Removing the Gold Standard

“Fear, Mr. Bond, takes gold out of circulation and hoards it against the evil day. In a period of history when every tomorrow may be the evil day, it is fair to say that a fat proportion of the gold dug out of one corner of the earth is at once buried again in another corner…”

— Ian Fleming’s Goldfinger (1959)

Fifty years ago — just as the fictional 007 was thwarting Auric Goldfinger’s plan to empty Fort Knox and take America’s gold to Soviet Moscow — the U.S. Treasury feared a very genuine loss of its real gold reserves.

Gold’s role as the ultimate asset of national power was about to peak. By 1966, fully one-half of all the gold ever mined would sit inside government vaults.

Fear put it there. Fear is likely to keep hold of what’s left today:


Under the Bretton Woods Agreement — signed in 1944 — the almighty dollar backed the world’s entire monetary system.

Every other major world currency was valued in terms of the greenback, and gold then backed the dollar — or rather, it backed 25 percent of the dollars in issue, as per the Federal Reserve Act.

So it was only by holding either gold or dollars (or better still, lots of both) that sovereign governments could hope to settle their international spending and debts with each other. “Gold and currencies backed by gold [became] the foundation of our international credit,” as James Bond is briefed in Goldfinger by Colonel Smithers of the Bank of England.

“We can only tell what the true strength of the pound is, and other countries can only tell it, by knowing the amount of valuta we have behind our currency.”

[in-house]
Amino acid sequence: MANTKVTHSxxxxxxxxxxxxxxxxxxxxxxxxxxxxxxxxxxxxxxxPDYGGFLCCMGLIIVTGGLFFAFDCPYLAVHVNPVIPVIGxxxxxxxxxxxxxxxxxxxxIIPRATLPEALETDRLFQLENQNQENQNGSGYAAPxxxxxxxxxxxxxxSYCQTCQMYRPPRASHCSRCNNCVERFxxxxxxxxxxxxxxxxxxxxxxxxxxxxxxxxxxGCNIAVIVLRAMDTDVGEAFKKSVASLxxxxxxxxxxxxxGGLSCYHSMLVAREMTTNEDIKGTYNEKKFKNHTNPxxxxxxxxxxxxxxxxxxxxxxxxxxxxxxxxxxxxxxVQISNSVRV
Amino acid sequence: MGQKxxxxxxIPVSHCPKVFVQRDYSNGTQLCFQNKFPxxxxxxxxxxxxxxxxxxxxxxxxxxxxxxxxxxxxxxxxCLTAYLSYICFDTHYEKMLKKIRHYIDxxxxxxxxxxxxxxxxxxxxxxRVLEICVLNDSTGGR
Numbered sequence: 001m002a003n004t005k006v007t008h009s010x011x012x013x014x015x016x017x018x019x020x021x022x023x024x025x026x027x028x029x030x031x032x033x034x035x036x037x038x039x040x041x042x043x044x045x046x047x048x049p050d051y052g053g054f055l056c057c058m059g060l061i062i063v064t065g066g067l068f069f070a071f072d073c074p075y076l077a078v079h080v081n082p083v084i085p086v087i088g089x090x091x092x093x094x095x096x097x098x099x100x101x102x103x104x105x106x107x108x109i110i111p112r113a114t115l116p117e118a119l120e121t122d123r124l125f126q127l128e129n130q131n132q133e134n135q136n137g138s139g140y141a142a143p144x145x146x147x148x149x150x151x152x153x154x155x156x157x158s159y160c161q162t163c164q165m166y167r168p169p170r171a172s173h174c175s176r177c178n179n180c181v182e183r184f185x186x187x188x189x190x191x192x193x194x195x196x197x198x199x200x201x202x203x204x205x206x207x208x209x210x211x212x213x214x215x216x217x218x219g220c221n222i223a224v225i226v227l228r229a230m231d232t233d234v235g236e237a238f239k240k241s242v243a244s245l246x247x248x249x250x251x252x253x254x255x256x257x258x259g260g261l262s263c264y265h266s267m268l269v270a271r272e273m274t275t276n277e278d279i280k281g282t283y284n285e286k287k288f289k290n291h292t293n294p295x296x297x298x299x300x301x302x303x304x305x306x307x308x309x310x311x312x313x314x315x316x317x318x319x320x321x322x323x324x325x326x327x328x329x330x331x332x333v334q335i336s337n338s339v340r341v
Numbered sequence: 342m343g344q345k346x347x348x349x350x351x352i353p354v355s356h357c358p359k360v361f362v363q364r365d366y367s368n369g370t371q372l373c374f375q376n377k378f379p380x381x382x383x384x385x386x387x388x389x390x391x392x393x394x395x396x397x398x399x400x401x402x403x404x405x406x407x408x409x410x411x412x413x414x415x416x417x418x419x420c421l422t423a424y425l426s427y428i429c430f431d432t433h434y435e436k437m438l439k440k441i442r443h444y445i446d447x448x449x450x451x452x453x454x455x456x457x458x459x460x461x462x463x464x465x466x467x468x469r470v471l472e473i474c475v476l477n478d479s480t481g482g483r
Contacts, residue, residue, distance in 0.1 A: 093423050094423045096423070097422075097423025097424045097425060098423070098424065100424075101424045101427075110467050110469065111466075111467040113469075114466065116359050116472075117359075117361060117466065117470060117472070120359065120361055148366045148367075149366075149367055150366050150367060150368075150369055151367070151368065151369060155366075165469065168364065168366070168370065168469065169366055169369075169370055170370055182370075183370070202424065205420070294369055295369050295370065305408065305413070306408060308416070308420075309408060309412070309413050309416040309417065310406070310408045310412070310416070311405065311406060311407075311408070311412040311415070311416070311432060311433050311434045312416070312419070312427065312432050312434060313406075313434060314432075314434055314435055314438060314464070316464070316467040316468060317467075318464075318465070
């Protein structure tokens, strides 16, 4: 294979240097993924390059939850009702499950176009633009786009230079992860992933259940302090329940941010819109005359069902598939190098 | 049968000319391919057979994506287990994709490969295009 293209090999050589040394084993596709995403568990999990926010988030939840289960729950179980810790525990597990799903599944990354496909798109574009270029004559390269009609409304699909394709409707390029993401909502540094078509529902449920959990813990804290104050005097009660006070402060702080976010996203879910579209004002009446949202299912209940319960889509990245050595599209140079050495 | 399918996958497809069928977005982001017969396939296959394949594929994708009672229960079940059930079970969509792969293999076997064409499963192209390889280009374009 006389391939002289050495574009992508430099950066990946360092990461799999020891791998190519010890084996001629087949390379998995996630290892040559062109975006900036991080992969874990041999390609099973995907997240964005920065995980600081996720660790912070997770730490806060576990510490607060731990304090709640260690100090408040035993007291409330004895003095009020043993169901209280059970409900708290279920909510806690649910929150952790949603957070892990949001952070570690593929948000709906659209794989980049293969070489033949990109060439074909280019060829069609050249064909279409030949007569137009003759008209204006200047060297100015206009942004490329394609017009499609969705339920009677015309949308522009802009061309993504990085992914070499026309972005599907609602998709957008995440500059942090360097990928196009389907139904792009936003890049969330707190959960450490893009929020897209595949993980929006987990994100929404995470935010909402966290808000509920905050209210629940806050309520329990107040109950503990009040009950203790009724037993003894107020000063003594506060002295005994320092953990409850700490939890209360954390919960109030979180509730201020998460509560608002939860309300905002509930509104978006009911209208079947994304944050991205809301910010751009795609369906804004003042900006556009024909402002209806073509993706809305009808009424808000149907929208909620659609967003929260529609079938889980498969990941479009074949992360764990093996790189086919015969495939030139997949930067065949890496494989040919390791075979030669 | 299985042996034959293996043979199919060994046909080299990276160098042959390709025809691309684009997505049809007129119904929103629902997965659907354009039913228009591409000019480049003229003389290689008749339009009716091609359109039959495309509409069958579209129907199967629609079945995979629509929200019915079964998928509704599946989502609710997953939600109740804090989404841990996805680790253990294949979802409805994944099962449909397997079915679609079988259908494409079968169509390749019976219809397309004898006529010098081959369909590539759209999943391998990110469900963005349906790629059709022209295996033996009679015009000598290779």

Sitting atop this system — the “Gold Exchange Standard” as it’s sometimes known — the U.S. dollar clung onto its position as the world’s No.1 currency thanks to the sheer size of U.S. national gold reserves. They’d risen three times over between the mid-1920s and the defeat of Japan, hitting more than 20,000 tonnes by the late 1940s.

At its peak, America’s nationalized gold reserve — the single greatest gold hoard on Earth — accounted for almost one-in-four-ounces ever mined in world history. But “uneasy lies the head that wears a crown,” as Shakespeare reminds us, and for most of the Bretton Woods period, from the end of WWII until 1971, Washington lived in terror:

The terror of gold leaking out off U.S. reserves, transferring real wealth overseas and taking the Dollar’s position as “top dog” along with it.

Gold vs. the Plutonium-Backed Dollar

“We now have $21 billion worth of refined uranium and plutonium,” said a desperate Dwight Eisenhower at a meeting of senior White House officials on 9th November, 1960. “This has great future value as a source of power.

“Could it be substituted for gold?” the president asked, proposing a new bedrock for U.S. monetary reserves — and, therefore, for the world.

Eisenhower’s question — though stupid and “politely dismissed” as Francis Gavin relates in his excellent 2004 history, Gold, Dollars & Power — was urgent. America’s nuclear arsenal already supported its political power. Could plutonium sustain U.S. monetary might as well?

Well…no. “The great thing to remember about gold,” as Colonel Smithers goes on in Goldfinger, “is that it’s the most valuable and easily marketable commodity in the world.” That still holds true today, five decades later.

Wholesale gold bullion — traded by professional dealers, refineries and bullion banks — represents one of the world’s deepest and most liquid capital markets. There is always a “clearing price” at which buyers and sellers will trade. Because gold’s intrinsic value, the fact that it stores wealth in itself — rather than by deferring that value to some other asset, promise or production — is it’s only utility.